Closing Time at the Speckled Wolf
by Rab Foster
Fists smashed against the outside of the huge timber doors that sealed
the town off from the night.
After a minute, a lantern flared in a hut positioned by the inside of
one of the also-huge stone door-jambs. After a second minute, a guard
emerged from the hut gripping the lantern in one hand. His other hand
struggled to button a pair of britches that’d just been pulled up over
his spindly legs. He stumbled behind the doors, muttering, “Right,
right, I hear you, I’m coming… damn you!”
He found a bolt at face-level in the middle of one door, yanked the
bolt back and yanked aside a wooden flap. This revealed a small
glassless window with criss-crossing bars. “We’re closed,” he spat
through the window. “Read the sign. Closed to everybody except
authorised visitors at sundown. Closed to absolutely everybody at the
end of the first night-quarter.” He looked up and checked the stars’
positions above the ridge of the town wall. “Which has now ended.”
“Let me in,” croaked a voice and a face materialised on the far side of
the bars. Despite the grid of bar-shadows that the lantern cast on it,
the face was visibly young. “You have to!”
Though the guard felt cranky at being woken up like this, he couldn’t
help chuckling. “Oh no I don’t. I don’t have to let you in at all!”
“This is a matter of importance,” argued the youth. “Vital importance.
The most important matter in the world just now. So let me in!”
The guard stopped chuckling, no longer amused by this whippersnapper’s
insolence but angered by it. He took a deep breath and was about to
tell the youth where he could go when, through the window, past the
youth’s head and in front of the entrance doors, he saw something. A
light flickered in the darkness and momentarily illuminated a strange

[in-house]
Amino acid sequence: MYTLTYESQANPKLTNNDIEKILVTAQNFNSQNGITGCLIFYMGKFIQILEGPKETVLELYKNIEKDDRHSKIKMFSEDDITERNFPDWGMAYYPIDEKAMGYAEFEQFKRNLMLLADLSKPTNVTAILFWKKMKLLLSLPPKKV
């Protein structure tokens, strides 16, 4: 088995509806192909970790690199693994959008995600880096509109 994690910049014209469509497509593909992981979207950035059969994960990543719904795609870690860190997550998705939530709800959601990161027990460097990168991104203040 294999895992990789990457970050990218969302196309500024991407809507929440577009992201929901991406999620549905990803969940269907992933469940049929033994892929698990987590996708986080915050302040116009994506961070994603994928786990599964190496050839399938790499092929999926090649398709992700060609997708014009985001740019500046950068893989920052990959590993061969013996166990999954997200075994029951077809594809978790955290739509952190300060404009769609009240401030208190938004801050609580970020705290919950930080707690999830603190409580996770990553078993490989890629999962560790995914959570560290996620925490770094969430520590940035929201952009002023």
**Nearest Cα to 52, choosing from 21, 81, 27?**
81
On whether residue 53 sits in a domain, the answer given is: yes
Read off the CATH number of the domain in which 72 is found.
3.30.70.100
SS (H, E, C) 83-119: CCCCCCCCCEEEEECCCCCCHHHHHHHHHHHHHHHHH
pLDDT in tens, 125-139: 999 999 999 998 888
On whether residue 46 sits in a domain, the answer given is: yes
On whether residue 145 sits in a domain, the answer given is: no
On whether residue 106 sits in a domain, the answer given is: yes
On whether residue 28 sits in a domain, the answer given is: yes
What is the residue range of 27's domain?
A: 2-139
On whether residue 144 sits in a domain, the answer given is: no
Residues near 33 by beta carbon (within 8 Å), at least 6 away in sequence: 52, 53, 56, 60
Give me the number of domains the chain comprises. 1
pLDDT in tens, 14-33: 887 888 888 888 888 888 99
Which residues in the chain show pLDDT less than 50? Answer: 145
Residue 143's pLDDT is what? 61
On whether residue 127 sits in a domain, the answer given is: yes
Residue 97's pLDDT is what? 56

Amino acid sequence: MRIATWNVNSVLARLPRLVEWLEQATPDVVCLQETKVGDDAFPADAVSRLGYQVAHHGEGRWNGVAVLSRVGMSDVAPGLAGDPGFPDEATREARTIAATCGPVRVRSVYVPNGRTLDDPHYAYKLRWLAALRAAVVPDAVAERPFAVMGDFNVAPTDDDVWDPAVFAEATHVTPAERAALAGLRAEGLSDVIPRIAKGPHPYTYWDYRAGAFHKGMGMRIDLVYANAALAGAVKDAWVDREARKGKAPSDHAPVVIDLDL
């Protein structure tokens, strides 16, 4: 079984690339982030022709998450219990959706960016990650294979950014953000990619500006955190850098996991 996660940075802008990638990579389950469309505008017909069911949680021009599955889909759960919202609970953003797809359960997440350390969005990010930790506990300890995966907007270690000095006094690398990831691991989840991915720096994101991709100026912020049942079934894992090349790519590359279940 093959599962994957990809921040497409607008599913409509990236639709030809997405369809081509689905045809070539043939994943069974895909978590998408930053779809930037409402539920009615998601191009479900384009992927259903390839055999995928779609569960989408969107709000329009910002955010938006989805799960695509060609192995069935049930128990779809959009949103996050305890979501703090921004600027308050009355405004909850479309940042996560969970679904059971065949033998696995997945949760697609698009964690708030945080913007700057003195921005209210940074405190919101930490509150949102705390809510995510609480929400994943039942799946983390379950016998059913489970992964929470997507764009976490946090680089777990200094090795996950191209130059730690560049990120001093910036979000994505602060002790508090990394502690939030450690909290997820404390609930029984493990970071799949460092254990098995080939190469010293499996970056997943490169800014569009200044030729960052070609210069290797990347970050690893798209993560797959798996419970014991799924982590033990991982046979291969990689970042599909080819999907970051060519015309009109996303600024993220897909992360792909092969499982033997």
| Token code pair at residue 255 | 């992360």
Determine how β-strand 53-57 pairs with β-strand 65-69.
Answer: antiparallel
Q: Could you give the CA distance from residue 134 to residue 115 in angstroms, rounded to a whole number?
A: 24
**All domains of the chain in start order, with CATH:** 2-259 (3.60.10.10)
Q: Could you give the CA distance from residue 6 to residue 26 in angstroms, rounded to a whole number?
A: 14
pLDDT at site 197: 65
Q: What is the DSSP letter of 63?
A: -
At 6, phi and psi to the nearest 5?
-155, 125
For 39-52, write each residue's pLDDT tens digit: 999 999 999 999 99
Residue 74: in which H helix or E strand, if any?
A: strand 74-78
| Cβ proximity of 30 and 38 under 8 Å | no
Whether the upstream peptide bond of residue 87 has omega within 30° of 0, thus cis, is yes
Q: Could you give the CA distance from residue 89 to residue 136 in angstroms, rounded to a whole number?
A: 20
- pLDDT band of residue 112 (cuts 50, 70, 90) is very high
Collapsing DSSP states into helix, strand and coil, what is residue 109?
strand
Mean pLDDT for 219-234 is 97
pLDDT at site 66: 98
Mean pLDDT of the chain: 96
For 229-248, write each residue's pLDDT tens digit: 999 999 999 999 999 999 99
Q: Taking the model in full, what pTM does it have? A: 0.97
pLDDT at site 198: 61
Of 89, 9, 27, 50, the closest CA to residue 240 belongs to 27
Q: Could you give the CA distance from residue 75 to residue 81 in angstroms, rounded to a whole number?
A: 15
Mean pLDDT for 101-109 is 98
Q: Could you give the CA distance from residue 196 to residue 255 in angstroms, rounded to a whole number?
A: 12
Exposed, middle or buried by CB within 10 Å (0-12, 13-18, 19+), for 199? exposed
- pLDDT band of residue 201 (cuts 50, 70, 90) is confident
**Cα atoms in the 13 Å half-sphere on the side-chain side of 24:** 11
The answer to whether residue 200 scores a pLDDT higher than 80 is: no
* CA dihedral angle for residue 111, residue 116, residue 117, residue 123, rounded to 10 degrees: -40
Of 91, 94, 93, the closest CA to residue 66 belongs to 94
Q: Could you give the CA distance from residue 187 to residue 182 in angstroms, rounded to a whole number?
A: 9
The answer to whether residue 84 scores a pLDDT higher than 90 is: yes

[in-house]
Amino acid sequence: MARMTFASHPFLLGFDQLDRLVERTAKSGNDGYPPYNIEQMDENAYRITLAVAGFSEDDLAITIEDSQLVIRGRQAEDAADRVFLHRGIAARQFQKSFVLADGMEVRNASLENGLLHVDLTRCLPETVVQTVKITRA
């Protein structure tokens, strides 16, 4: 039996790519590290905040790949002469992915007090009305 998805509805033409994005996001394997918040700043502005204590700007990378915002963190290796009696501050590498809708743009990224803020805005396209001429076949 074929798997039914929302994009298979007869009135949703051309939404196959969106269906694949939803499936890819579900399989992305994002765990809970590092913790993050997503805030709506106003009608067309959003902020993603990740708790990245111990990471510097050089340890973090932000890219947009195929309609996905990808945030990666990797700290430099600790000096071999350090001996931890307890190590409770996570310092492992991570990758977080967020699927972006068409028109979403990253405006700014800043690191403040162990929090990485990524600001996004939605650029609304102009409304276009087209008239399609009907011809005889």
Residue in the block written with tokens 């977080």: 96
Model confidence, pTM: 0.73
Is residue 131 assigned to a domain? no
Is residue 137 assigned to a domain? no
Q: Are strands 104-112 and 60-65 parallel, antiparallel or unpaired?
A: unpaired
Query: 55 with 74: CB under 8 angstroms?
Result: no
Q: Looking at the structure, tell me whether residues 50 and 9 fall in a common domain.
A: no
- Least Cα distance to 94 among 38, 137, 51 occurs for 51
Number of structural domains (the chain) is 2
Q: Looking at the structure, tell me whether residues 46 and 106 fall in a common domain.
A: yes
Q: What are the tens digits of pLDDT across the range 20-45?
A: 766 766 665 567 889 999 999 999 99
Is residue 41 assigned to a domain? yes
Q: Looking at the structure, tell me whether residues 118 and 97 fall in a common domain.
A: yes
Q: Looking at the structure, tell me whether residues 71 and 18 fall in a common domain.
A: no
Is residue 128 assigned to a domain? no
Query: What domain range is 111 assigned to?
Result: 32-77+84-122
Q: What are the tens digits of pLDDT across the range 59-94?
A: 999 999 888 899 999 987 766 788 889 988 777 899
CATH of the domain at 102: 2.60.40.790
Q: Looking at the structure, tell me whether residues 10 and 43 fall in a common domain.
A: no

The guard’s puzzlement must have shown in his face, because the young
man on the far side of the doors immediately glanced back over his
shoulder, cried out in panic and flung himself away.
More light manifested itself – not a flicker this time but a blinding
yellow bolt that shrieked out of the darkness and impacted explosively
against the door.
Outside, when the youth raised his head from the ground and looked at
the door again, he saw that the hole with the barred window had been
replaced by a hole considerably bigger. The bars were gone and the
jagged timber around its edges were encrusted with brightly-glowing
embers. The youth promptly sprang up, dived through the hole and landed
on the flagstones that formed the threshold of the town of Thoborok.
The guard’s lantern had vanished too, but many burning door-fragments
covered the ground around him and he had no difficulty making out the
scene. He was in a small entrance-square with, at its far end, a broad
straight street leading towards the town centre.
Nearby lay a pair of spindly legs, in a pair of unbuttoned britches,
which’d partly slid down to reveal a pair of grimy long-johns. Nothing
was attached to those legs.
Again the youth sprang up. He ran across the square and had barely
entered the street when another shriek and lightning-like flash
occurred behind him. This time they were followed by the creak and
crash of a huge door, or what remained of it, as it toppled back off
Though hobbled by exhaustion, he made himself run faster. At the same
time his head swung from side to side, searching the houses along the
left and right of the street for a lit window, a lit doorway, a sign
that somebody who could offer him shelter was still awake. But he saw
only darkness and shadows. Thoborok was obviously a town whose citizens
went early to bed.
Then he heard a clatter of horse-hooves on the cobbles behind him. He
looked back and saw distant yellow sparks leaping about the darkness at
ground level. At the same time his nose caught a whiff of sulphur.
He looked the other way again and suddenly saw evidence that not everyone
was in bed at this hour – for in front of him were the lights of the
The youth sprinted through the doorway of the Speckled Wolf and for a
moment was so disorientated by the tavern’s warmth and lantern-light
that he forgot his predicament. He stopped and stared at the scene.
He was in a room with an oblong-shaped counter standing like an island
in its centre. Running along the middle of the space within the counter
was a high gantry, both sides of which supported many shelves laden
with corked bottles and flagons. A man in his mid-fifties stood between
the gantry and counter. He had hair and a beard that were long, grey
and stringy and he wore a stained apron that a big ale-belly pushed out
from his waist. The man looked back at him sourly.